InvalidRequestError: This session is in 'prepared' state; no further SQL can be emitted within this transaction.
if response_or_exc is None:
sqlalchemy.exc.InvalidRequestError: Can't reconnect until invalid transaction is rolled back
A PR that solves this problem has been merged on May 26, 2016.
TL;DR: Be absolutely sure your teardown functions succeed, by using the teardown-wrapping recipe in the 2014-12-11 edit!
Started a new job also using Flask, and this issue popped up again, before I'd put in place the teardown-wrapping recipe. So I revisited this issue and finally figured out what happened.
As I thought, Flask pushes a new request context onto the request context stack every time a new request comes down the line. This is used to support request-local globals, like the session.
Flask also has a notion of "application" context which is separate from request context. It's meant to support things like testing and CLI access, where HTTP isn't happening. I knew this, and I also knew that that's where Flask-SQLA puts its DB sessions.
During normal operation, both a request and an app context are pushed at the beginning of a request, and popped at the end.
However, it turns out that when pushing a request context, the request context checks whether there's an existing app context, and if one's present, it doesn't push a new one!
So if the app context isn't popped at the end of a request due to a teardown function raising, not only will it stick around forever, it won't even have a new app context pushed on top of it.
That also explains some magic I hadn't understood in our integration tests. You can INSERT some test data, then run some requests and those requests will be able to access that data despite you not committing. That's only possible since the request has a new request context, but is reusing the test application context, so it's reusing the existing DB connection. So this really is a feature, not a bug.
That said, it does mean you have to be absolutely sure your teardown functions succeed, using something like the teardown-function wrapper below. That's a good idea even without that feature to avoid leaking memory and DB connections, but is especially important in light of these findings. I'll be submitting a PR to Flask's docs for this reason. (Here it is)
One thing we ended up putting in place was the following code (in our application factory), which wraps every teardown function to make sure it logs the exception and doesn't raise further. This ensures the app context always gets popped successfully. Obviously this has to go after you're sure all teardown functions have been registered.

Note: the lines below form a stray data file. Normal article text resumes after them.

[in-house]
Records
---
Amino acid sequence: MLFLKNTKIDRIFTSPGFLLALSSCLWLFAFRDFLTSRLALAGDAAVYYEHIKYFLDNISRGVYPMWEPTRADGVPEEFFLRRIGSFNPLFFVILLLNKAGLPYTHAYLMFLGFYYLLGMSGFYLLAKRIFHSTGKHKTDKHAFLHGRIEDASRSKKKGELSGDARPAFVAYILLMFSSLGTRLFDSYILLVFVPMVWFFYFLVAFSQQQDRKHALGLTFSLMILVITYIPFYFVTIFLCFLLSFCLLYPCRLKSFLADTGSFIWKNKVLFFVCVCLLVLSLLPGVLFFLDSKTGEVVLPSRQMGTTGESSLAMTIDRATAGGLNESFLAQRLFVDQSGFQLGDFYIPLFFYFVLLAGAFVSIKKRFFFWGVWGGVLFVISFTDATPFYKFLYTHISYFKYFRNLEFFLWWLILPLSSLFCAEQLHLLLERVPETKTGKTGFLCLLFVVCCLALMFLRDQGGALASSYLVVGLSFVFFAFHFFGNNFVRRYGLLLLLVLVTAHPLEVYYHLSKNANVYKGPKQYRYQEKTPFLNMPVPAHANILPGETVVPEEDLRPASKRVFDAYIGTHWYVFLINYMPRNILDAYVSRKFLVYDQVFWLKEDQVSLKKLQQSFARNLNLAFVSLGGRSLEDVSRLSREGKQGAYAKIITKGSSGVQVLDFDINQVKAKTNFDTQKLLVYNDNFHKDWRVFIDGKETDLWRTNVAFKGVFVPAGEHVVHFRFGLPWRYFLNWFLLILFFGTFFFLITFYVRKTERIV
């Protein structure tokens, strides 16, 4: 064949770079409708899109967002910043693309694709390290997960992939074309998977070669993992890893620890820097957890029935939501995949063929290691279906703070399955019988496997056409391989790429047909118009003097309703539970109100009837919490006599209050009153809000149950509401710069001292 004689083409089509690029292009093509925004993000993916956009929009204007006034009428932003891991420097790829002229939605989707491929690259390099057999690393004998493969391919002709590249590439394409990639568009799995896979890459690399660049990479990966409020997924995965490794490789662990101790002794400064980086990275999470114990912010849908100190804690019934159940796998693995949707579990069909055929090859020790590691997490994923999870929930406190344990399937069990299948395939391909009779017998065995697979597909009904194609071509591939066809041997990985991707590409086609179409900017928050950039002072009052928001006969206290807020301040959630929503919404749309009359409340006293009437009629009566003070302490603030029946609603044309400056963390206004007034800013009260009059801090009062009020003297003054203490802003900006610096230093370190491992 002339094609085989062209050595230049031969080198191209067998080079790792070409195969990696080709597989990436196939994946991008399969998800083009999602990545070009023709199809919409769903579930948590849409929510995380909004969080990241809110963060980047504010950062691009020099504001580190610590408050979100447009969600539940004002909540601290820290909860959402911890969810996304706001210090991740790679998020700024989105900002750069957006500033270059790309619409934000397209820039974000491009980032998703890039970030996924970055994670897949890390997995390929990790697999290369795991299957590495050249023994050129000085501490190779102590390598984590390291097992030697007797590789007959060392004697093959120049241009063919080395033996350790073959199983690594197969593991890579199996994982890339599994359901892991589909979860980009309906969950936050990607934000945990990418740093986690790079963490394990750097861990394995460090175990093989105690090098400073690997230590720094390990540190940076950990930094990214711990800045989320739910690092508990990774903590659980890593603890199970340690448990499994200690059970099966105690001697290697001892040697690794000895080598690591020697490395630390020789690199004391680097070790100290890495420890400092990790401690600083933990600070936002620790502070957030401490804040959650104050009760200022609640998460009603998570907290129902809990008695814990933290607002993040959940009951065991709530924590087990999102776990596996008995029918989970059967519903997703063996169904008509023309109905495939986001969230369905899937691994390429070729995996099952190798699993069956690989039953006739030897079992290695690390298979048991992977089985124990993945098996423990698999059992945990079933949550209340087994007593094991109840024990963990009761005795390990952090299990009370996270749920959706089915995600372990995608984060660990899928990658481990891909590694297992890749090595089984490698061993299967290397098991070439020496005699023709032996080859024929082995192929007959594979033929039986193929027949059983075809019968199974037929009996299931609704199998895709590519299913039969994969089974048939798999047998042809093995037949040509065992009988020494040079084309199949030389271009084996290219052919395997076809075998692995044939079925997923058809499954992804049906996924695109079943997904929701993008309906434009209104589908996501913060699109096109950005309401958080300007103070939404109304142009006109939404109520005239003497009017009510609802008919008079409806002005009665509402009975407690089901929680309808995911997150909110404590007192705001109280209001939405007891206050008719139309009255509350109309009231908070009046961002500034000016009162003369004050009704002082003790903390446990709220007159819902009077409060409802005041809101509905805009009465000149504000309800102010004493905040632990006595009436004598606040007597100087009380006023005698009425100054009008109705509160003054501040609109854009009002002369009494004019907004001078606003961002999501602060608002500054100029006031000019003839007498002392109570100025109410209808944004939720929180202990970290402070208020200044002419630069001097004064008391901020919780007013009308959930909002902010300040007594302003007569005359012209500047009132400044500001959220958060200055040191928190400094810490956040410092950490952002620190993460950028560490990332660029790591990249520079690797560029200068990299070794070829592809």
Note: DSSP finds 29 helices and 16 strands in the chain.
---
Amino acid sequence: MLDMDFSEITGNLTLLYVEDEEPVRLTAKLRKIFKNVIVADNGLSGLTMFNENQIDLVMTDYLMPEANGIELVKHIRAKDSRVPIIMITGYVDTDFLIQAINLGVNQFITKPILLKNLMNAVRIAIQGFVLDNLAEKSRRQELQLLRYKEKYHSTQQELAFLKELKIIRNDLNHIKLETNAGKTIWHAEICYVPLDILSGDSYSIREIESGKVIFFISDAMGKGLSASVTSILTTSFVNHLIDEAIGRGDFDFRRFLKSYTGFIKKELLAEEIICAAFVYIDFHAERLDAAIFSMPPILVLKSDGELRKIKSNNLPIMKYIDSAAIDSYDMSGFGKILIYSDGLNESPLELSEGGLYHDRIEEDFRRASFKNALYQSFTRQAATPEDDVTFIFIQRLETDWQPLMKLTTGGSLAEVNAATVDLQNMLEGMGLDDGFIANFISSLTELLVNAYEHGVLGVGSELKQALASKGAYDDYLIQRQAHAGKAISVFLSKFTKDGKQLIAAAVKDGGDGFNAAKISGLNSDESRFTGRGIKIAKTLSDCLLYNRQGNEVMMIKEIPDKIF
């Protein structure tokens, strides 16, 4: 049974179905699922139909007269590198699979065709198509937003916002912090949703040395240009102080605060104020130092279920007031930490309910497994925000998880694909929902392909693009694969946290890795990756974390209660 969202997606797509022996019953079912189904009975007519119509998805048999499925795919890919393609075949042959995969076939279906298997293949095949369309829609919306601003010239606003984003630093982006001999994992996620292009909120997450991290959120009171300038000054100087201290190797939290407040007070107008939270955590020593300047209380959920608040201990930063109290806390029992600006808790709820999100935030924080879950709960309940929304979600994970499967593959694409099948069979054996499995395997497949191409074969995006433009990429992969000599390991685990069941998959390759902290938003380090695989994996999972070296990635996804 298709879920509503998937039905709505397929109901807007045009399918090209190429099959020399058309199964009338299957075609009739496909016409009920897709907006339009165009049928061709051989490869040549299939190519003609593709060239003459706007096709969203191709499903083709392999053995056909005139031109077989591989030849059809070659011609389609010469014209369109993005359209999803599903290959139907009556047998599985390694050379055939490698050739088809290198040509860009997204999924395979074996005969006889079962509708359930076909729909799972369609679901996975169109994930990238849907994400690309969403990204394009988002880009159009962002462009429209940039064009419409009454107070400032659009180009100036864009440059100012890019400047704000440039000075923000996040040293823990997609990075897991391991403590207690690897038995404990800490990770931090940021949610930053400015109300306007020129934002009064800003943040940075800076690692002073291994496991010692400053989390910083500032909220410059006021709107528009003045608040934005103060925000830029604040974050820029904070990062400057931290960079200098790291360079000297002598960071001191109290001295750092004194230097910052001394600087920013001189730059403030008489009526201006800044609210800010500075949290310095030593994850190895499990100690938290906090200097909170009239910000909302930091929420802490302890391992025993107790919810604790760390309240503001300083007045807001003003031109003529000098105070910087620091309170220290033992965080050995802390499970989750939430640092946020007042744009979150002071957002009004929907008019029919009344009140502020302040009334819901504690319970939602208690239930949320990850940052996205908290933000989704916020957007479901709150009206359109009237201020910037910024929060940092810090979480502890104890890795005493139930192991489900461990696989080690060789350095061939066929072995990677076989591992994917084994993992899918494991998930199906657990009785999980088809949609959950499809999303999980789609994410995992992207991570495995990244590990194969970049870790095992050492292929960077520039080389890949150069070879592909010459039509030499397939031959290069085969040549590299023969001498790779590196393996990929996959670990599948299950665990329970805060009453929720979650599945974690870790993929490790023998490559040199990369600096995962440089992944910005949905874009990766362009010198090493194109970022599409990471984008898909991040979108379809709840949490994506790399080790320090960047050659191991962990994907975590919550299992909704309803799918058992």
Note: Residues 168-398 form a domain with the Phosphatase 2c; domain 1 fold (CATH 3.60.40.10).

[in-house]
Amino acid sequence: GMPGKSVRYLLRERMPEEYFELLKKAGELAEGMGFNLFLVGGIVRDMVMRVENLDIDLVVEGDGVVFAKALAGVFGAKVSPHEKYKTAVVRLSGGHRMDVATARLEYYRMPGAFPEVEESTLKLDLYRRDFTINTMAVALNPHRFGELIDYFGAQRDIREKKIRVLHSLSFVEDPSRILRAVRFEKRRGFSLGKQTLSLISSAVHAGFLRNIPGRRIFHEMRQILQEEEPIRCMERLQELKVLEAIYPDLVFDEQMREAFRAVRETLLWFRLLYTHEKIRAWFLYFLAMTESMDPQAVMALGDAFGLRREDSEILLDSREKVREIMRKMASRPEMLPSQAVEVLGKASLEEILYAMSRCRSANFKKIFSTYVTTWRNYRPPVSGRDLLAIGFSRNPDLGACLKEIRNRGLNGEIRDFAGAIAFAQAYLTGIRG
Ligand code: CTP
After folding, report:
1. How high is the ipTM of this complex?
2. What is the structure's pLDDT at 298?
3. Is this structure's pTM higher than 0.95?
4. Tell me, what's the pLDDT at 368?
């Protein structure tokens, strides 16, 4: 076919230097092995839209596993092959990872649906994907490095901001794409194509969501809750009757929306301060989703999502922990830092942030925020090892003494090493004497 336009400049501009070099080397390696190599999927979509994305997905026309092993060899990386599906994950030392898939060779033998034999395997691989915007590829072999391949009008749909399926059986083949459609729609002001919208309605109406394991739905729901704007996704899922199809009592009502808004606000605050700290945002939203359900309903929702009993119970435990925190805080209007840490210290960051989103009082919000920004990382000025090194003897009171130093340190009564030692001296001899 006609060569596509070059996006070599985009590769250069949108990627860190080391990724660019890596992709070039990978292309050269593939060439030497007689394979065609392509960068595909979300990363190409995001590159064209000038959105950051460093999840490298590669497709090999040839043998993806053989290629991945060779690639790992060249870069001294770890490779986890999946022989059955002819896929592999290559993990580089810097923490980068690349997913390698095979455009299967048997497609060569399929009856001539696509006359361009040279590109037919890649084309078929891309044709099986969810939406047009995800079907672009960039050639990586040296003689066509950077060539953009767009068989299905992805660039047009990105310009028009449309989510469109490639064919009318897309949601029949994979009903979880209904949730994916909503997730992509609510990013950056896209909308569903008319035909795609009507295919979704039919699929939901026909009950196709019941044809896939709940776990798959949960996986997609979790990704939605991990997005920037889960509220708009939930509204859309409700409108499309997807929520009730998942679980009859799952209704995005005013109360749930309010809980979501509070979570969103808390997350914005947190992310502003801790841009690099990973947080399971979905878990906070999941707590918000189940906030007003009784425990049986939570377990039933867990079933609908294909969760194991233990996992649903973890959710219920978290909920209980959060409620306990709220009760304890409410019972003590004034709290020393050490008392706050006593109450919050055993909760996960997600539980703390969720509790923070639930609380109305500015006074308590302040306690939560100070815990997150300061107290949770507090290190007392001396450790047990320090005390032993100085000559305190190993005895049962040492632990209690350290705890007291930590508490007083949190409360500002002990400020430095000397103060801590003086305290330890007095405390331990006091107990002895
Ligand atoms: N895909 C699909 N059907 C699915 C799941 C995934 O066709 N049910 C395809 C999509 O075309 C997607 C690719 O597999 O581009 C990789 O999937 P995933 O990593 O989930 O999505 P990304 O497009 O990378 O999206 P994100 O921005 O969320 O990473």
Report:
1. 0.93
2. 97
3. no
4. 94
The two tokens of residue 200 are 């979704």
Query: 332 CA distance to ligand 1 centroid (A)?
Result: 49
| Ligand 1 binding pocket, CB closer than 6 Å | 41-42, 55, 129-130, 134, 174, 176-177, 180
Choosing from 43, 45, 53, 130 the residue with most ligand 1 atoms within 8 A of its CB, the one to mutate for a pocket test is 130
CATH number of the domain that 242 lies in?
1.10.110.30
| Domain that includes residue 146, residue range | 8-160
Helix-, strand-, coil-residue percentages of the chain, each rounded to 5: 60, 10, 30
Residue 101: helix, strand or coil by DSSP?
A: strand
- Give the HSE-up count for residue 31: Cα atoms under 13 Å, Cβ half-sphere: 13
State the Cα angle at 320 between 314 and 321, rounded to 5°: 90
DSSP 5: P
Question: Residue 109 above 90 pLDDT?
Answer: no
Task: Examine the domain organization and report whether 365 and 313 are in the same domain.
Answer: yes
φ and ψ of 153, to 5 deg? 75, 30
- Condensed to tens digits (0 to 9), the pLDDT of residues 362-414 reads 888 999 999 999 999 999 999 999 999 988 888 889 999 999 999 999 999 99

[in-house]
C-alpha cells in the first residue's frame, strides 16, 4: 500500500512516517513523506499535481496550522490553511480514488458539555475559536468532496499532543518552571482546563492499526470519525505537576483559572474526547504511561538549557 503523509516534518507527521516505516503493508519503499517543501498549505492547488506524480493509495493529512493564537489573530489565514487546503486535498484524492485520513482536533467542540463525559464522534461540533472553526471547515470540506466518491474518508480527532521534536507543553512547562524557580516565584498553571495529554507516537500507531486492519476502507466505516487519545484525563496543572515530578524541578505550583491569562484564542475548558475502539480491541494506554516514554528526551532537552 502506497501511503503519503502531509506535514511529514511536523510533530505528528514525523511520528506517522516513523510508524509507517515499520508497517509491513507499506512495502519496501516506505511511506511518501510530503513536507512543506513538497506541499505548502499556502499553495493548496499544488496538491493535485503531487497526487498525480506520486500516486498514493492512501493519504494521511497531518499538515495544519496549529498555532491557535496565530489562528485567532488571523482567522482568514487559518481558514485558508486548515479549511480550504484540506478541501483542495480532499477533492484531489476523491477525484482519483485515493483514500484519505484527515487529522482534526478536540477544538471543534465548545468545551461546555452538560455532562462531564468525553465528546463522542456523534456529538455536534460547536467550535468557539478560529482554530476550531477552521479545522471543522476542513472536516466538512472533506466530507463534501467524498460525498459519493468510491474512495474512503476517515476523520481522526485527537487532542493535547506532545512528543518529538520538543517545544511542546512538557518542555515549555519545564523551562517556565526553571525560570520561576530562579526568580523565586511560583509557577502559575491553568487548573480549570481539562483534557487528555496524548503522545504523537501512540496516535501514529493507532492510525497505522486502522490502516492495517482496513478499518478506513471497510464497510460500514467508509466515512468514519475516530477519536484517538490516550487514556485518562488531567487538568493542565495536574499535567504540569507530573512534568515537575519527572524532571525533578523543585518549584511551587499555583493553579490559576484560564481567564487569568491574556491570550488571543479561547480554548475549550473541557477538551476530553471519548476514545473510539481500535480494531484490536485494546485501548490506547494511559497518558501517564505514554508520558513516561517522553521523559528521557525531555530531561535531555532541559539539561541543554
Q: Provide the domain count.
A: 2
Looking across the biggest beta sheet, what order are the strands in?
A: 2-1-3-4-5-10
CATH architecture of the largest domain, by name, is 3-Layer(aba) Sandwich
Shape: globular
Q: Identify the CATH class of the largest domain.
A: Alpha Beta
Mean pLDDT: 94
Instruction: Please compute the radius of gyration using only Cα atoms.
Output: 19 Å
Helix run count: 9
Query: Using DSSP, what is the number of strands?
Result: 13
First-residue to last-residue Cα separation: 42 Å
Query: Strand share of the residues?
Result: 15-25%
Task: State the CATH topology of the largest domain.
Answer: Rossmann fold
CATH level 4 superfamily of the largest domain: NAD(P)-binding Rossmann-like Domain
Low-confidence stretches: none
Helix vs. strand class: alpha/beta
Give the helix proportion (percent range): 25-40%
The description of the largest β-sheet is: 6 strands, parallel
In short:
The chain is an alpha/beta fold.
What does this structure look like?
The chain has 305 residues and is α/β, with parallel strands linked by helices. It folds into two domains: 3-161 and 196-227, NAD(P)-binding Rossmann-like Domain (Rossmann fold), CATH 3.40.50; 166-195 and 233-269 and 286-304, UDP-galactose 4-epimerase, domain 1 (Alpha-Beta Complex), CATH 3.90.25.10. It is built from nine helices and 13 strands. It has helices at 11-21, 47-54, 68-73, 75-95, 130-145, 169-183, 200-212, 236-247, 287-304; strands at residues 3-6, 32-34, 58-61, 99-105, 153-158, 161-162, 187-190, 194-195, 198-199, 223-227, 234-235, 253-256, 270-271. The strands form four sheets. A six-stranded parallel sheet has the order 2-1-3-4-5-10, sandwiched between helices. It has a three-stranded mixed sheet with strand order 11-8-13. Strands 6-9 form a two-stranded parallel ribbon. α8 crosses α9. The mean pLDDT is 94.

# Flask specifies that teardown functions should not raise. # However, they might not have their own error handling, # so we wrap them here to log any errors and prevent errors from # propagating. def wrap_teardown_func(teardown_func): @wraps(teardown_func) def log_teardown_error(*args, **kwargs): try: teardown_func(*args, **kwargs) except Exception as exc: app.logger.exception(exc) return log_teardown_error if app.teardown_request_funcs: for bp, func_list in app.teardown_request_funcs.items(): for i, func in enumerate(func_list): app.teardown_request_funcs[bp][i] = wrap_teardown_func(func) if app.teardown_appcontext_funcs: for i, func in enumerate(app.teardown_appcontext_funcs): app.teardown_appcontext_funcs[i] = wrap_teardown_func(func)
Ok, turns out
--reload-on-exception isn't a good idea if 1.) you're using multiple threads and 2.) terminating a thread mid-request could cause trouble. I thought uWSGI would wait for all requests for that worker to finish, like uWSGI's "graceful reload" feature does, but it seems that's not the case. We started having problems where a thread would acquire a dogpile lock in Memcached, then get terminated when uWSGI reloads the worker due to an exception in a different thread, meaning the lock is never released.
SQLALCHEMY_COMMIT_ON_TEARDOWN solved part of our problem, though we're still getting occasional errors during app teardown during
session.remove(). It seems these are caused by SQLAlchemy issue 3043, which was fixed in version 0.9.5, so hopefully upgrading to 0.9.5 will allow us to rely on the app context teardown always working.
How this happened in the first place is still an open question, but I did find a way to prevent it: uWSGI's
Our Flask app's error handling ought to be catching just about anything, so it can serve a custom error response, which means only the most unexpected exceptions should make it all the way to uWSGI. So it makes sense to reload the whole app whenever that happens.
We'll also turn off
SQLALCHEMY_COMMIT_ON_TEARDOWN, though we'll probably commit explicitly rather than writing our own callback for app teardown, since we're writing to the database so rarely.